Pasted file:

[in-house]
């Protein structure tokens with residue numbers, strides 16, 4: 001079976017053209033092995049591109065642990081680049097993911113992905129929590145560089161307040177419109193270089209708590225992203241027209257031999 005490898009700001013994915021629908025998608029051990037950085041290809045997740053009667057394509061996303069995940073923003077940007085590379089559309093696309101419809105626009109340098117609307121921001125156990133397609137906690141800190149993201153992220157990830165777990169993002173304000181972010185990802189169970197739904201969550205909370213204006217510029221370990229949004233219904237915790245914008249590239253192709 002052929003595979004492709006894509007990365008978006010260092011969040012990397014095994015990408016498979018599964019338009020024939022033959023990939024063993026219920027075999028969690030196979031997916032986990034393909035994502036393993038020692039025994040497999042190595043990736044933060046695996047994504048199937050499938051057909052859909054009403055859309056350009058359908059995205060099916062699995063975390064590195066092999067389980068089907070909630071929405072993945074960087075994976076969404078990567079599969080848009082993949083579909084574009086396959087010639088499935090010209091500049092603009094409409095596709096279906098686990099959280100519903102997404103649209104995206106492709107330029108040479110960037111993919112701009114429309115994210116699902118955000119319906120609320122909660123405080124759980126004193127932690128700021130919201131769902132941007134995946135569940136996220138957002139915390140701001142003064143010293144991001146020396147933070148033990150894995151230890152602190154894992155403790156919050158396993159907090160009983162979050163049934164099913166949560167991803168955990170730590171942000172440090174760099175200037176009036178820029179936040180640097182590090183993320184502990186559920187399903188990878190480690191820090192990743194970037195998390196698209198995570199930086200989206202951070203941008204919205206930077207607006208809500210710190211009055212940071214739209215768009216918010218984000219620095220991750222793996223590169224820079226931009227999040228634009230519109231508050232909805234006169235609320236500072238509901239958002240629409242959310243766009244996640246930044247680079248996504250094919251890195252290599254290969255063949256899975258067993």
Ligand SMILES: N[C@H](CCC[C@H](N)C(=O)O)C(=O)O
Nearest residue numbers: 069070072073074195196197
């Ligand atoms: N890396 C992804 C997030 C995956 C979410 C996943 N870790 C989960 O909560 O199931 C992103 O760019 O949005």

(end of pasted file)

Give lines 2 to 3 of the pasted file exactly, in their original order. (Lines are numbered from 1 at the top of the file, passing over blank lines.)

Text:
């Protein structure tokens with residue numbers, strides 16, 4: 001079976017053209033092995049591109065642990081680049097993911113992905129929590145560089161307040177419109193270089209708590225992203241027209257031999 005490898009700001013994915021629908025998608029051990037950085041290809045997740053009667057394509061996303069995940073923003077940007085590379089559309093696309101419809105626009109340098117609307121921001125156990133397609137906690141800190149993201153992220157990830165777990169993002173304000181972010185990802189169970197739904201969550205909370213204006217510029221370990229949004233219904237915790245914008249590239253192709 002052929003595979004492709006894509007990365008978006010260092011969040012990397014095994015990408016498979018599964019338009020024939022033959023990939024063993026219920027075999028969690030196979031997916032986990034393909035994502036393993038020692039025994040497999042190595043990736044933060046695996047994504048199937050499938051057909052859909054009403055859309056350009058359908059995205060099916062699995063975390064590195066092999067389980068089907070909630071929405072993945074960087075994976076969404078990567079599969080848009082993949083579909084574009086396959087010639088499935090010209091500049092603009094409409095596709096279906098686990099959280100519903102997404103649209104995206106492709107330029108040479110960037111993919112701009114429309115994210116699902118955000119319906120609320122909660123405080124759980126004193127932690128700021130919201131769902132941007134995946135569940136996220138957002139915390140701001142003064143010293144991001146020396147933070148033990150894995151230890152602190154894992155403790156919050158396993159907090160009983162979050163049934164099913166949560167991803168955990170730590171942000172440090174760099175200037176009036178820029179936040180640097182590090183993320184502990186559920187399903188990878190480690191820090192990743194970037195998390196698209198995570199930086200989206202951070203941008204919205206930077207607006208809500210710190211009055212940071214739209215768009216918010218984000219620095220991750222793996223590169224820079226931009227999040228634009230519109231508050232909805234006169235609320236500072238509901239958002240629409242959310243766009244996640246930044247680079248996504250094919251890195252290599254290969255063949256899975258067993």
Ligand SMILES: N[C@H](CCC[C@H](N)C(=O)O)C(=O)O